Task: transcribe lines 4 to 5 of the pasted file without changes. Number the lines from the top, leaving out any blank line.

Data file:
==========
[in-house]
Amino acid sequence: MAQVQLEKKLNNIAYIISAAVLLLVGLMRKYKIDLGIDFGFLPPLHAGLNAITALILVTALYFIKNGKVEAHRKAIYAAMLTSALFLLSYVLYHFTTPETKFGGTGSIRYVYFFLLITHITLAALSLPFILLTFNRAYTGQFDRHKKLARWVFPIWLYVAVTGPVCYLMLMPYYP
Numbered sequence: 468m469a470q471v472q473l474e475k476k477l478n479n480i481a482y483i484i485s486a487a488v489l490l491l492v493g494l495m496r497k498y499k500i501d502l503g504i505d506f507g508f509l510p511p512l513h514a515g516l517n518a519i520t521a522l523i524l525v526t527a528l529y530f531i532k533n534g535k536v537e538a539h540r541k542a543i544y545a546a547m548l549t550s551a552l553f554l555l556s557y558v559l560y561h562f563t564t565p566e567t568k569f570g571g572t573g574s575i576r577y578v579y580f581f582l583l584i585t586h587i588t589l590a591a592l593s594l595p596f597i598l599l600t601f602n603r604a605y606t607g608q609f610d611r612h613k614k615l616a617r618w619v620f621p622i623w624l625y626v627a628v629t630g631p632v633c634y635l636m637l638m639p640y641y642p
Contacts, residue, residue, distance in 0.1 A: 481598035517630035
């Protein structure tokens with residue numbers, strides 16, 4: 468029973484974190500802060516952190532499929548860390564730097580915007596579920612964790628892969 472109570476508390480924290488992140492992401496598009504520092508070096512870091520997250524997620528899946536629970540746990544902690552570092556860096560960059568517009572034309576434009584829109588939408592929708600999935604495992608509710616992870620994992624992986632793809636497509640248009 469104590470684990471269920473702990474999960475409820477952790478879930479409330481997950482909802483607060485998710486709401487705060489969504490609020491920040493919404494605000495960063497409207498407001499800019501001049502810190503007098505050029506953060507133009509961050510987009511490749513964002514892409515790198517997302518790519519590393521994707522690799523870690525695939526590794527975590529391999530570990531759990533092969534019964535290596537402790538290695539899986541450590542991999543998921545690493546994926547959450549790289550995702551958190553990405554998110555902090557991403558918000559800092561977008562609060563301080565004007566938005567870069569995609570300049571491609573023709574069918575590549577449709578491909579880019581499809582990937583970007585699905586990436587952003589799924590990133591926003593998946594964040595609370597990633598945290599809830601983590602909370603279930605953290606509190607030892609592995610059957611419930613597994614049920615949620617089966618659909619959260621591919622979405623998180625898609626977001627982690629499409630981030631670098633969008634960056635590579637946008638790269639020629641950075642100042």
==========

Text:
Contacts, residue, residue, distance in 0.1 A: 481598035517630035
């Protein structure tokens with residue numbers, strides 16, 4: 468029973484974190500802060516952190532499929548860390564730097580915007596579920612964790628892969 472109570476508390480924290488992140492992401496598009504520092508070096512870091520997250524997620528899946536629970540746990544902690552570092556860096560960059568517009572034309576434009584829109588939408592929708600999935604495992608509710616992870620994992624992986632793809636497509640248009 469104590470684990471269920473702990474999960475409820477952790478879930479409330481997950482909802483607060485998710486709401487705060489969504490609020491920040493919404494605000495960063497409207498407001499800019501001049502810190503007098505050029506953060507133009509961050510987009511490749513964002514892409515790198517997302518790519519590393521994707522690799523870690525695939526590794527975590529391999530570990531759990533092969534019964535290596537402790538290695539899986541450590542991999543998921545690493546994926547959450549790289550995702551958190553990405554998110555902090557991403558918000559800092561977008562609060563301080565004007566938005567870069569995609570300049571491609573023709574069918575590549577449709578491909579880019581499809582990937583970007585699905586990436587952003589799924590990133591926003593998946594964040595609370597990633598945290599809830601983590602909370603279930605953290606509190607030892609592995610059957611419930613597994614049920615949620617089966618659909619959260621591919622979405623998180625898609626977001627982690629499409630981030631670098633969008634960056635590579637946008638790269639020629641950075642100042």